Jesus was transitioning His work from what was merely an Old Covenant, Israelite, religious organization—of interest to relatively few outside Israel—to an educational organization that in terms of time will span thousands of years and become of intense interest to everybody. In directing the apostles in this way, Christ wanted His church to inaugurate this work yet keep it contained within the parameters He and the Father set as the church progressively developed at the speed it could handle effectively.
It may be helpful to remember that the earliest brethren in the church had to face their public responsibilities to Jesus without the help of what is now roughly one-third of the Bible—the New Testament. Scholars posit that the gospel of Mark was written first, followed by Matthew, Luke, and John. The earliest possible date even for Mark appears to be around AD 40, but some place it as late as AD 65.
In addition, it appears that I Thessalonians was the first of the epistles circulated within the church, but the apostle Paul did not write it until approximately AD 50. How many new converts even possessed their own copy of an Old Testament in their homes? Very few. There were no printing presses, no radio and television broadcasting, and no computers. To purchase a copy of the Old Testament would have cost a working man an entire year of wages! Was there a reference work similar to a Strong's Concordance of the Bible for somewhat more serious researching? Of course not.
Looking back in this way confirms that the early preaching of the gospel was a work of faith, highly dependent on the apostles' spiritual relationship with Jesus Christ. What likely sustained the members' spirituality was the spoken word delivered to people who listened carefully and concentrated with great intensity. These “pioneers” were remarkable, spiritually-minded people.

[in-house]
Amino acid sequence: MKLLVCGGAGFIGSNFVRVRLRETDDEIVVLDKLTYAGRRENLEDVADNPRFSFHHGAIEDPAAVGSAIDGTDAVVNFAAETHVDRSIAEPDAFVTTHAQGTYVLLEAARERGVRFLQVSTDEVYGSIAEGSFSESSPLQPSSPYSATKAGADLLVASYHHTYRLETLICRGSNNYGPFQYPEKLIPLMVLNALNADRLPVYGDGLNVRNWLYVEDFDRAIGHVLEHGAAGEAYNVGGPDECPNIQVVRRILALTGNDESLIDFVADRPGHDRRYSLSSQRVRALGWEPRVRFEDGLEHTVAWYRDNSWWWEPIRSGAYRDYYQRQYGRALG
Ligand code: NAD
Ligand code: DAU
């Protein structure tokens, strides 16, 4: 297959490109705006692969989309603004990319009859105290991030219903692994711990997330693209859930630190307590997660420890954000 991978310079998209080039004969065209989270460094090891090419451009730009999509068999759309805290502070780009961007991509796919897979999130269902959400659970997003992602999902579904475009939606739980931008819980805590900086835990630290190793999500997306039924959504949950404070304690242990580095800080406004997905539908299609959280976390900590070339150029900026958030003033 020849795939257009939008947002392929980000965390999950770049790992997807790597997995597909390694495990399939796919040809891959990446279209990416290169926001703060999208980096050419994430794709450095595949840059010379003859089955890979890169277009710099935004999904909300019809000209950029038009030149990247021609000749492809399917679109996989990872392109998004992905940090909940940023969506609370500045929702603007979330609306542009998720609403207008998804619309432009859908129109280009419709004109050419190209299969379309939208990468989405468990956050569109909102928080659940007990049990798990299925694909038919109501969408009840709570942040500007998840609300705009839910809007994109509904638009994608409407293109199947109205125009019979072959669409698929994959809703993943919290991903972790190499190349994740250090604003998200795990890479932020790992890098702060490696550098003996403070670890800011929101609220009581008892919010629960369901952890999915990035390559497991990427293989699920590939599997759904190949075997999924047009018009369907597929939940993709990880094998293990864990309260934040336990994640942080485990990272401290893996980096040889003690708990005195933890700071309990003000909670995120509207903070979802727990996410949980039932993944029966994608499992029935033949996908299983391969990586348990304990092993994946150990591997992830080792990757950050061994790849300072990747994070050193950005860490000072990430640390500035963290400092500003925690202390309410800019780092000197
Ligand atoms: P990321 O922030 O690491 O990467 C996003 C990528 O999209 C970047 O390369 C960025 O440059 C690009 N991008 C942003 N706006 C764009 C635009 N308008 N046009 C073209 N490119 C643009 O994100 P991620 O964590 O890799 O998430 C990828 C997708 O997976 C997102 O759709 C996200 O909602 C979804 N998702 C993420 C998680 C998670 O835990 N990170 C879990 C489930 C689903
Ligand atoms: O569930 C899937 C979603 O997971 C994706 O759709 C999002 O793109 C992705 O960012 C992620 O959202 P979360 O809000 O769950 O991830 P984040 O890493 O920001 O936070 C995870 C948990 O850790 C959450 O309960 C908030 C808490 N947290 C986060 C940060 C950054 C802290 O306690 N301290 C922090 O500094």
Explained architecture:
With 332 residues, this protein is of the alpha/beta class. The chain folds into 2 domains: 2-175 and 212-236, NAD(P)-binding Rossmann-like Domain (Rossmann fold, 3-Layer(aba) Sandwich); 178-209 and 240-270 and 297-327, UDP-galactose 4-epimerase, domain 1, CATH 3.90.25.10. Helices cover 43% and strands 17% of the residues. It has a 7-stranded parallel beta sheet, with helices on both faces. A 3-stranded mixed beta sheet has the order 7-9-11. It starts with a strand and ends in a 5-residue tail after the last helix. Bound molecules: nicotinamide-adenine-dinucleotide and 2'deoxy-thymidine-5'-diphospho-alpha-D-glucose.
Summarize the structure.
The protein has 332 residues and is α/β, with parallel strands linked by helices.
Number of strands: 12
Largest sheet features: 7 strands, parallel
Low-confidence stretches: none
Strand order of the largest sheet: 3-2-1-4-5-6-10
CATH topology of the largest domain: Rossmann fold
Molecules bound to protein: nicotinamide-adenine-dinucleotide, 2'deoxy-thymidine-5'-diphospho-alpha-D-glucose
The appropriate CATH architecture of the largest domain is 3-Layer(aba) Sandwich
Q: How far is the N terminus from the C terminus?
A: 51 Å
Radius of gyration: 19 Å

The Jewish religious leadership perceived that the apostles lacked preparation for such a huge responsibility (Acts 4:13). This terminology does not mean that the apostles had received no education at all. The wording expresses that the Jews considered the apostles to be common men who lacked the educational advantages they would have received had they been prepared for such public evangelism in rabbinical schools. However, recall that Mark 3:13-14 establishes that Jesus chose and appointed those He specifically wanted as apostles so that they might be with Him (that is, to witness His teaching and activities), and He sent them out to preach. Undoubtedly, He was searching for budding characteristics that He could build upon. He prepared them well to carry out their responsibilities.
John W. Ritenbaugh
Why Hebrews Was Written (Part Four)
If one stopped with verse 19, one would have a solid case for asserting that unless a church is preaching to the unconverted, one is not really preaching the gospel as Christ intended. Making disciples and baptizing certainly refer to conversions from the world into Christianity. But Christ also says, ". . . teaching them to observe all things I have commanded you." Teaching the fullness of God's way of life cannot be done before baptism and the receipt of the Holy Spirit.
If that is not so, why did Christ inspire the writers of the New Testament to discuss refinements to basic truths and deeper knowledge and understanding with already converted people? Why all the admonitions to grow and to overcome our sins? Why does Paul say, "Leaving the discussion of the elementary principles of Christ, let us go on to perfection" (Hebrews 6:1)? Why does he later say in the same book, "not forsaking the assembling of ourselves together, as is the manner of some, but exhorting one another, and so much the more as you see the Day approaching" (Hebrews 10:25)? Why all the encouragement to hope in God and His promises? Why all the strong correction?
John W. Ritenbaugh
Get the Church Ready!
At baptism, His name becomes our spiritual family name through regeneration by His Spirit, or adoption. Paul writes in Romans 8:14, 16: "For as many as are led by the Spirit of God, these are sons of God. . . . The Spirit [it]self bears witness with our spirit that we are children of God." By God's adoption of us, it becomes our responsibility to grow in godly character, upholding His name and bringing honor upon it by our words, attitudes, and deeds.
John W. Ritenbaugh
The Fourth Commandment
Other Forerunner Commentary entries containing Matthew 28:20: